According to evidence, cannabis and cannabinoids have a wide range of biological effects, including chronic pain management in adults, antiemetics in chemotherapy-induced nausea and vomiting, and decreased patient-reported MS spasticity symptoms. Several investigations have found that they have additional health advantages, particularly as therapeutic agents. The food and beverage sectors have looked at developing cannabis-based goods as a new and innovative industry, based on evidence. The majority of the study on industrial hemp’s health benefits has been done in a preclinical phase. Furthermore, because bioactive phytochemicals can be concentrated throughout the production process, to optimize the possible health benefits while minimizing any safety hazards, the company should pay particular attention to the dose. The advantages of cannabis-derived functional food components and products, dietary supplements, and nutraceuticals on human health promotion require well-designed, randomized, placebo-controlled, double-blind research studies. Hemp seed oil has potential as a nutraceutical because of its optimal omega-6 PUFA to omega-3 PUFA ratio and bioactive cannabidiol. Polyphenols and isoprenoids, two more bioactive phytochemicals discovered in industrial cannabis, should be investigated further in the future. The impact of hemp polyphenols and isoprenoids on the sensory attributes, maintaining quality, and nutritional benefits of final products are unclear at this time. Overall, the cannabis sector is beginning to take off throughout the world. Regulatory authorities must differentiate industrial hemp from medicinal cannabis (marijuana) to fulfill the economic potential of industrial cannabis as a long-term source of value-added functional food components and nutraceutical products.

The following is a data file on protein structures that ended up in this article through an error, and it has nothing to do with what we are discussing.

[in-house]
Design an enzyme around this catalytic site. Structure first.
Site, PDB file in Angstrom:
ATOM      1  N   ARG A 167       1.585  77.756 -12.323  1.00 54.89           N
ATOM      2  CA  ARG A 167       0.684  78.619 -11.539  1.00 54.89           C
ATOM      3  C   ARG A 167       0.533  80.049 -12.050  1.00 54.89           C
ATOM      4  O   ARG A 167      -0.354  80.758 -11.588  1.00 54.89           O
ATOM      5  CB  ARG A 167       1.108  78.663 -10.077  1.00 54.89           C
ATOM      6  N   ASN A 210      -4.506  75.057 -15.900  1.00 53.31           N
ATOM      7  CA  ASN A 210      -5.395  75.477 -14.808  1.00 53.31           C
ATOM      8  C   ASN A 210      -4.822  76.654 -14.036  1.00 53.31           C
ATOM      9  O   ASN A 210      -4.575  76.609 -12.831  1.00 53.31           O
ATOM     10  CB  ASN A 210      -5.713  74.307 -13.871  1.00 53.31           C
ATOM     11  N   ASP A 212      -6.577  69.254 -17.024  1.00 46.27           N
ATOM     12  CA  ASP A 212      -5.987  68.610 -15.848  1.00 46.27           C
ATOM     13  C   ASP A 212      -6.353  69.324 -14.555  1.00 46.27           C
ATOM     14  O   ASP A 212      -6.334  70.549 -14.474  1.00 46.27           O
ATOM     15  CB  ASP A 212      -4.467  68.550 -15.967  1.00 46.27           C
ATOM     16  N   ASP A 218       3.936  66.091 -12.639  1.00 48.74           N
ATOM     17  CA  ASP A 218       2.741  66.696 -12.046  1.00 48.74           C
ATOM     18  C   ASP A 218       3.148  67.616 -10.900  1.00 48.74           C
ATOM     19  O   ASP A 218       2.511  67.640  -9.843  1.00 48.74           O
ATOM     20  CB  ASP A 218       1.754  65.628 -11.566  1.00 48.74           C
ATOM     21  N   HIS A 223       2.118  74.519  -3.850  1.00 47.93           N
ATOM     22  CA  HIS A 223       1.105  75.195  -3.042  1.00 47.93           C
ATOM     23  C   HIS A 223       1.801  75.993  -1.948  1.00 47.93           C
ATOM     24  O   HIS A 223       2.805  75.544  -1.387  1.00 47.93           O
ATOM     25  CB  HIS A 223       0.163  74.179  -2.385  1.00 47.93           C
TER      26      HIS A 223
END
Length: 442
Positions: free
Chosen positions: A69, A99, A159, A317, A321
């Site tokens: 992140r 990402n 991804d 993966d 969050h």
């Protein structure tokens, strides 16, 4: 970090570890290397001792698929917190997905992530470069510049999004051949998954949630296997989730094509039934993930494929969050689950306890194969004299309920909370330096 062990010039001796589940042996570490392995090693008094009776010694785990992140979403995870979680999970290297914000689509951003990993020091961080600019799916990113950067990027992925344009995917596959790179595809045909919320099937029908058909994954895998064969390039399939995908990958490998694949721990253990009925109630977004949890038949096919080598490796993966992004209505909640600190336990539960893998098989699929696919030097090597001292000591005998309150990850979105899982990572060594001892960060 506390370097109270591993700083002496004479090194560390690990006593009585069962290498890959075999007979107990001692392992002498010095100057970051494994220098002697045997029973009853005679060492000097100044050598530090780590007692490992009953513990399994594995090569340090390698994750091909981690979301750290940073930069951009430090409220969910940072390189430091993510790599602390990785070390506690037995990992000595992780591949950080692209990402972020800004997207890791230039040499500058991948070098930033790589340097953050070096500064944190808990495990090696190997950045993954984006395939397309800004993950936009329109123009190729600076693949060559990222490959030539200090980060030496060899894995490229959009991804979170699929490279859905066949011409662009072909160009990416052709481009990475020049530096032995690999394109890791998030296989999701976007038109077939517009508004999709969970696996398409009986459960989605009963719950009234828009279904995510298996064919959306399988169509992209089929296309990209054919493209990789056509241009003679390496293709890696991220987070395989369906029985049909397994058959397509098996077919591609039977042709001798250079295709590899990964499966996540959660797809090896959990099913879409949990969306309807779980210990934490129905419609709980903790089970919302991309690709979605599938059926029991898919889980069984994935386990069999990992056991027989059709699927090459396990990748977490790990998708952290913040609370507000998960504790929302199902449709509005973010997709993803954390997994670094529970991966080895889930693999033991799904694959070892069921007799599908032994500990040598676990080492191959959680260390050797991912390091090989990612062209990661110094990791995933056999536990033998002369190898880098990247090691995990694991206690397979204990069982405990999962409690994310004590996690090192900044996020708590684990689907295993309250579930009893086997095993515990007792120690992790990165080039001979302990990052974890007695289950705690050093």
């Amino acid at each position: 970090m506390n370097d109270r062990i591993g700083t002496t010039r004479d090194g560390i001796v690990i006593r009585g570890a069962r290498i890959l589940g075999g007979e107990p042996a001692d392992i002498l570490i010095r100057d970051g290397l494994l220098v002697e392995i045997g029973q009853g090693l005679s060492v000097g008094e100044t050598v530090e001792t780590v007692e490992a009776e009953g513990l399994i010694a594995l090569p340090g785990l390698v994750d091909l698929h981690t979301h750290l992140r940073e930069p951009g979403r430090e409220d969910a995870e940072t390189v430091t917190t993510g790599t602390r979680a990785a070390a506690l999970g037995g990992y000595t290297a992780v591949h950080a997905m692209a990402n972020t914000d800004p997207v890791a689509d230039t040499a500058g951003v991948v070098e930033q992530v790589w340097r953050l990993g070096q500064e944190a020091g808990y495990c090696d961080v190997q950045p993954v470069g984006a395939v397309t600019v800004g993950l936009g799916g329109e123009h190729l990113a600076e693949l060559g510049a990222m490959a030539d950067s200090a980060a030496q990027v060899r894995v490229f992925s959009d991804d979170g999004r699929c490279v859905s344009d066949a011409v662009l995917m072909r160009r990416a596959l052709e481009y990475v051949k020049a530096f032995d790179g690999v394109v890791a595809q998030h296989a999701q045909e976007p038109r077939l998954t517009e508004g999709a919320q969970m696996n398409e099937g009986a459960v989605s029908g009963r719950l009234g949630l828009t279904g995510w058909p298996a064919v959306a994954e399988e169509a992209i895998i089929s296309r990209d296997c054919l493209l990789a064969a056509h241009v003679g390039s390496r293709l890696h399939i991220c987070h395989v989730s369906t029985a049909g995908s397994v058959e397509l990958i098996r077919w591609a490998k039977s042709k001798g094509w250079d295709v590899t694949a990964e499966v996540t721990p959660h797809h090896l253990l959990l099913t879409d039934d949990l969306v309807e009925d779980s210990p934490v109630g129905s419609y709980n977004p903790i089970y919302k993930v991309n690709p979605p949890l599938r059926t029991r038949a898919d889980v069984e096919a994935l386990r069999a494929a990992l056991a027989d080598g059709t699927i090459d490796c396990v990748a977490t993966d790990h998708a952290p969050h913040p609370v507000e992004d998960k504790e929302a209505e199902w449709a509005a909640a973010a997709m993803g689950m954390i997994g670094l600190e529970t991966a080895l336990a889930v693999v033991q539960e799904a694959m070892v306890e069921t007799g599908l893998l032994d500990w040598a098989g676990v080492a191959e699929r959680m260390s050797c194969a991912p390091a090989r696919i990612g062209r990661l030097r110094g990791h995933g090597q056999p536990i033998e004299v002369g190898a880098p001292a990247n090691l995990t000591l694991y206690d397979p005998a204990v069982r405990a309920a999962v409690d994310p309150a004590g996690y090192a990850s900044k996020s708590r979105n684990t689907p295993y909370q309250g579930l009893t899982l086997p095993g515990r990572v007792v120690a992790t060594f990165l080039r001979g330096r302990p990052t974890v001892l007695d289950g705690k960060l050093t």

Author Contributions

Conceptualization: A.I., U.Z., W.A. and R.M.A.; Draft Preparation: A.I., U.Z., W.A., M.A.S.; A.S. (Aysha Sameen), A.S. (Amna Sahar); Tables and Figures preparation: A.I., U.Z., W.A., Z.F.B., P.Ł.K. and M.J.; Writing-review and editing: A.S. (Aysha Sameen), A.S. (Amna Sahar), P.Ł.K. and R.M.A.; Supervision: A.S. (Aysha Sameen), A.S. (Amna Sahar), R.M.A. All authors have read and agreed to the published version of the manuscript.


This research received no external funding.

Institutional Review Board Statement

Not applicable.

Informed Consent Statement

Not applicable.


The authors are grateful to the University of Agriculture, Faisalabad, Pakistan, for the support.

Conflicts of Interest

The authors declare no conflict of interest.